Leading women in academia offer 7 tips for tackling 2021
Women in South Africa have come a long way since the 1950s. With the determination to break stereotypes, grit to shatter glass ceilings and contemporary thinking to create and channel leading innovations – there’s no stopping us now.
The year 2020 will go down in history as the great disruptor of plans. This was the year that forced us out of our comfort zones and had us adapt quickly to a new normal. However, the pandemic has also empowered many women in academia to gain insight into new possibilities and opportunities this year.
“The lockdown has brought significant changes to the academic landscape,” says Doctor Yeukai Mupangavanhu, who obtained her LLD in 2014 with the thesis “The regional integration of African trademark laws: Challenges and possibilities”.
“This period has seen me grow in a number of ways, ranging from being versatile to improving my computer skills,” she says. “I learnt that resilience and leading a healthy, balanced lifestyle are the keys to carrying you through difficult times.”
Professor Marique Aucamp says the pandemic has allowed her to see herself as an energetic pharmaceutical scientist, learning something new every day, eager to impart her knowledge to youth and humbled at opportunities.
“We are moving into a brand new and innovative direction, and the pandemic has shown us that it is indeed possible to move into a more virtual teaching and learning environment.”
For more inspiring stories from women blazing a trail in the world of higher learning, check out the University of Western Cape’s “Celebrating Women in Academia & Leadership” digimag.
Here are 7 inspiring tips from leading women in academia:
1. Embrace the new normal
“Embrace technology, increase empathy, set firm goals and give yourself a million second chances to get things right. This life is surely what we make of it, and what we make of it happens firstly – and most critically – in the heart.” – Dr Amiena Peck, who specialises in communication, soft skills development and, more recently, emotional intelligence.
2. Planning for 2021
“Formulate a strategic plan that you think will help to be successful, but be flexible around it. Don’t get caught off guard by any challenge that faces you. Being level headed minimises stressful situations, anxiety and fear.” – DR Tineke van Zyl, the acting HoD in the Department of Diagnostics and Radiology at UWC.
3. Be resilient and adaptable
“Academics and students must both be willing to have pre-set ideas a little bit less cast in stone and be more willing to learn from each other each day. Be willing to learning something new every day, eager to impart knowledge and humbled at opportunities.” – Professor Marique Aucamp.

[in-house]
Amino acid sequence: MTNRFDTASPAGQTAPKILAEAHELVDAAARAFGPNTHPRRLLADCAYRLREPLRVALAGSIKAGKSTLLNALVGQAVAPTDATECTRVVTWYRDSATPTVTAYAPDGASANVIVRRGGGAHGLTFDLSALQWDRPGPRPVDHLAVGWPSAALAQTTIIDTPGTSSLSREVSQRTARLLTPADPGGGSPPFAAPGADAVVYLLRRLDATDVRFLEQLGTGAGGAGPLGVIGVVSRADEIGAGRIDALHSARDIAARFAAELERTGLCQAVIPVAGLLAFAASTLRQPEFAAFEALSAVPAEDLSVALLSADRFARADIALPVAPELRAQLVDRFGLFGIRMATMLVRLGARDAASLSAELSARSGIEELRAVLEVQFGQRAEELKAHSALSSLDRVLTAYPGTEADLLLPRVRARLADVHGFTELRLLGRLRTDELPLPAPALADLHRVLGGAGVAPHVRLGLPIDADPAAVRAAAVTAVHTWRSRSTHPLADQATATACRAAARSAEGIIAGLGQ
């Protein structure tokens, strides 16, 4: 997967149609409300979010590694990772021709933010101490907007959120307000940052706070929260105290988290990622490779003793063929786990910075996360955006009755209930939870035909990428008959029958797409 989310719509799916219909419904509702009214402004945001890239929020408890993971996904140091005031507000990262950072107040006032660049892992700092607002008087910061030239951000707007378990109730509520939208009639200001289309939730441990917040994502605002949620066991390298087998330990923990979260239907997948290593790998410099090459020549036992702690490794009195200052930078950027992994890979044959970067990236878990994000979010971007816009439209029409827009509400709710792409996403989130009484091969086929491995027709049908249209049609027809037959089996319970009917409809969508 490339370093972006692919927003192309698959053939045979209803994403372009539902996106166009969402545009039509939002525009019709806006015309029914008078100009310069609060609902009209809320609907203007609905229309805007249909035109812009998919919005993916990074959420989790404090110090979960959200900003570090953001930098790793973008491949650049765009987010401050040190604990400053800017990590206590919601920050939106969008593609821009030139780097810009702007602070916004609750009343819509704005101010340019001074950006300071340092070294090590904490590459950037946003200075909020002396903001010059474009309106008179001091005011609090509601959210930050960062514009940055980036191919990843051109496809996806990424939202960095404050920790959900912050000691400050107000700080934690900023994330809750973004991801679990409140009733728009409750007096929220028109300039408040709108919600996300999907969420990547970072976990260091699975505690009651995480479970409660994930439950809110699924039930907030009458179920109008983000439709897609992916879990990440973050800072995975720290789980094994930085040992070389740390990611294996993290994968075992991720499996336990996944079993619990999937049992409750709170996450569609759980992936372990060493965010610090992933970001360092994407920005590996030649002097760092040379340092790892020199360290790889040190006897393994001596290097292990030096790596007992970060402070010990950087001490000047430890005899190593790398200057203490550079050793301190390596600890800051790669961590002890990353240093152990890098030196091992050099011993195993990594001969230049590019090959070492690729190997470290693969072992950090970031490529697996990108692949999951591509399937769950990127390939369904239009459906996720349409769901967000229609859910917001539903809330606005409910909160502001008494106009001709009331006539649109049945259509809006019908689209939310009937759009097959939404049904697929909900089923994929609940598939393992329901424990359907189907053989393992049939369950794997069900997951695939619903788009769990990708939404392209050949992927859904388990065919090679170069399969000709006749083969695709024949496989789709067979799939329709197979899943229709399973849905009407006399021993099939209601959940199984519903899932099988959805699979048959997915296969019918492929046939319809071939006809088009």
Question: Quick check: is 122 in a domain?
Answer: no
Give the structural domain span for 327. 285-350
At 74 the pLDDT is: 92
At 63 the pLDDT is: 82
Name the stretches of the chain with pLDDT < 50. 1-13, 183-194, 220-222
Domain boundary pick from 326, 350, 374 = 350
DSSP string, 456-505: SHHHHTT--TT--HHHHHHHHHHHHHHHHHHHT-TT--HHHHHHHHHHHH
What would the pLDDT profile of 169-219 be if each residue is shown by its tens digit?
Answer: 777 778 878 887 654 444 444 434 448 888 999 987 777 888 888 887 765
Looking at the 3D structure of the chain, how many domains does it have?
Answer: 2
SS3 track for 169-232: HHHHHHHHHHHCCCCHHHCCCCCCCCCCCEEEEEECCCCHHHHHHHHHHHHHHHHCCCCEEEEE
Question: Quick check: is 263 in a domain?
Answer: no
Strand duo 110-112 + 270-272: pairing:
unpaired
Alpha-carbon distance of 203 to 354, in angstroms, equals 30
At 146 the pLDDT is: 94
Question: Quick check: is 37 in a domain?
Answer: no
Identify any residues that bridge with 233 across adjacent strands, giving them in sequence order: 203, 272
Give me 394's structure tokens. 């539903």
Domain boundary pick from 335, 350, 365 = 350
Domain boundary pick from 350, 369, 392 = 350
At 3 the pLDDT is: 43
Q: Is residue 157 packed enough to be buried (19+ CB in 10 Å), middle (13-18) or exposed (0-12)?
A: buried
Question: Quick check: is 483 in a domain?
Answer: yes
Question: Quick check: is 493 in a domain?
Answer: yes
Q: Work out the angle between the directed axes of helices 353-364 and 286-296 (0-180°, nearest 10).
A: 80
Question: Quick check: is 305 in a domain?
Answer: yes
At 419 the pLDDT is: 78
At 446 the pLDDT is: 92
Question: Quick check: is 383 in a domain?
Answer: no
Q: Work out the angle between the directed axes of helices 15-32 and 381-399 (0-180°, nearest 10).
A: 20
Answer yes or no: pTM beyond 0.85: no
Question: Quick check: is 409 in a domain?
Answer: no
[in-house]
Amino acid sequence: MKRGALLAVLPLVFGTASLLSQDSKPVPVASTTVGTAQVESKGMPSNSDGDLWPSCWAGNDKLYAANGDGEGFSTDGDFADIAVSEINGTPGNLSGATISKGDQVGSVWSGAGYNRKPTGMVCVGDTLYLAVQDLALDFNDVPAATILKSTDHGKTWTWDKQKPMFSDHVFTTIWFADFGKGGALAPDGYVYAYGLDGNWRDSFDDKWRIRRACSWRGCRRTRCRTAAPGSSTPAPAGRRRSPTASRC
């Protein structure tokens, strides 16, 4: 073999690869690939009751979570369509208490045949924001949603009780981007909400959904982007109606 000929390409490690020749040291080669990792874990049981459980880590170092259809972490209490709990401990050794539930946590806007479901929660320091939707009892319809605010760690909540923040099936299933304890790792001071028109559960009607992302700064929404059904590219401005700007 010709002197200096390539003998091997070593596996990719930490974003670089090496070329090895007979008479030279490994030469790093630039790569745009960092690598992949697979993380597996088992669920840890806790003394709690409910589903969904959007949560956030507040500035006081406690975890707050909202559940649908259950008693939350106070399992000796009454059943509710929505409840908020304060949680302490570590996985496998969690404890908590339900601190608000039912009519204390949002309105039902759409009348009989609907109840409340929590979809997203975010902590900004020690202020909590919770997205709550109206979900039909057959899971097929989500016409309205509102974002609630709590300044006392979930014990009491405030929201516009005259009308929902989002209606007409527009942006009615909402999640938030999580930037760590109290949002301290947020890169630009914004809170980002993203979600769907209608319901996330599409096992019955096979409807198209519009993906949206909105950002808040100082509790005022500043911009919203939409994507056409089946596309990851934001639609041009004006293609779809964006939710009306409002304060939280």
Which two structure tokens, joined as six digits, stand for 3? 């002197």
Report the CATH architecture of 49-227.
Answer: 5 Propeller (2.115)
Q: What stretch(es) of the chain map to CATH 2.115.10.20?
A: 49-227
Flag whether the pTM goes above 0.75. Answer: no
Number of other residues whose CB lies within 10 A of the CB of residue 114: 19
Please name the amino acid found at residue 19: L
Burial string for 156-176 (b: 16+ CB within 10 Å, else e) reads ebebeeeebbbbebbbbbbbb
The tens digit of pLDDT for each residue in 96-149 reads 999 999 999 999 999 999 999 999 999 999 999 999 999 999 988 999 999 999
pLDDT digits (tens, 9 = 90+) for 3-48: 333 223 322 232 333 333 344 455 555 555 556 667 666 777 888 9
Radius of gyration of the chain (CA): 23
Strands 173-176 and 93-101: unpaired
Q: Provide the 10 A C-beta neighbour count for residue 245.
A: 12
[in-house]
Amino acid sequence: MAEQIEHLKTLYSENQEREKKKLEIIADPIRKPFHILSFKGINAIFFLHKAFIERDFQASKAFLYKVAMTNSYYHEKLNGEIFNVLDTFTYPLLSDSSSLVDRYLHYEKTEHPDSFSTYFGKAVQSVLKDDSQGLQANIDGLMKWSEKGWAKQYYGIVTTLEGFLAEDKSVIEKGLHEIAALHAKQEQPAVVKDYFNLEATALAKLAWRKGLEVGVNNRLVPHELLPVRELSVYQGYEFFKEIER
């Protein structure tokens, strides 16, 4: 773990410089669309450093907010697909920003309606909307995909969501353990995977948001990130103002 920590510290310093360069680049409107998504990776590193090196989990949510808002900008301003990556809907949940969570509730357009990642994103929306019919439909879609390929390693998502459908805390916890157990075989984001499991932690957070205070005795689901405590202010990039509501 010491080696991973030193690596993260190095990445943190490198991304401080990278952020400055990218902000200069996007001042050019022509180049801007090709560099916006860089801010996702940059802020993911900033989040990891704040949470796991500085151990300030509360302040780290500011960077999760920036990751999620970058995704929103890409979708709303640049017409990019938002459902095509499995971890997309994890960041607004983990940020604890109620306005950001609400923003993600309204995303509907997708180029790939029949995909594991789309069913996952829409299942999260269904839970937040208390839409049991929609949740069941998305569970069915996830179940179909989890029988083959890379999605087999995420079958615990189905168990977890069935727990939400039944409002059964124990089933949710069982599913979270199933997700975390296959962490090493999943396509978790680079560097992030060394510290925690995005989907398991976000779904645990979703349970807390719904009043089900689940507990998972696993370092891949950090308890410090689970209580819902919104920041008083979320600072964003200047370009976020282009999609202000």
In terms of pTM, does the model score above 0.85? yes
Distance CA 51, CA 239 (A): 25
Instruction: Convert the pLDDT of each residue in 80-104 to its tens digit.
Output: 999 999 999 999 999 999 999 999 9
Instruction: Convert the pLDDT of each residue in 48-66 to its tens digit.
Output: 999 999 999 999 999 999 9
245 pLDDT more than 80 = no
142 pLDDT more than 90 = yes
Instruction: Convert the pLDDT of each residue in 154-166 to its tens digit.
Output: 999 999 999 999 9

4. The need for mind and body balance
“We have to be patient and agile as we are all in this ‘new normal’ as a collective.” – IT specialist, Yasmin forbes. Embrace blended learning and the possibility of being fully online. You can’t be too attached to face-to-face teaching. There has never been a greater need for work/ play balance, as well as balance in body, mind and soul than now.
5. Life is a teacher
“The lockdown has brought significant changes to the academic landscape. I learnt that resilience and leading a healthy, balanced lifestyle are the keys to carrying you through difficult times. Life has endless lessons to teach us, but only if we listen.” –Professor Isioma Ile.
6. Be conscious of your purpose and skills
“My profession will change forever due to the pandemic.” – Professor Mokgadi Moletsane, an expert in education and career advancement. Lockdown has created an opportunity to create new skills as well as opportunities to implement the skills that were not used. Be conscious of your purpose and use your attributes to give your best all of the time.
7. Make tech your new best friend
Technology has broadened horizons and made the world a lot smaller, making it easier to engage with professionals from all over the world, share ideas with people with similar interests and challenges, and keep in touch with people overseas via Skype. “The new skills I have acquired will only enhance my teaching practices going forward, as it can be used as an adjunct to traditional teaching methods.” – Professor Nadia Mohamed.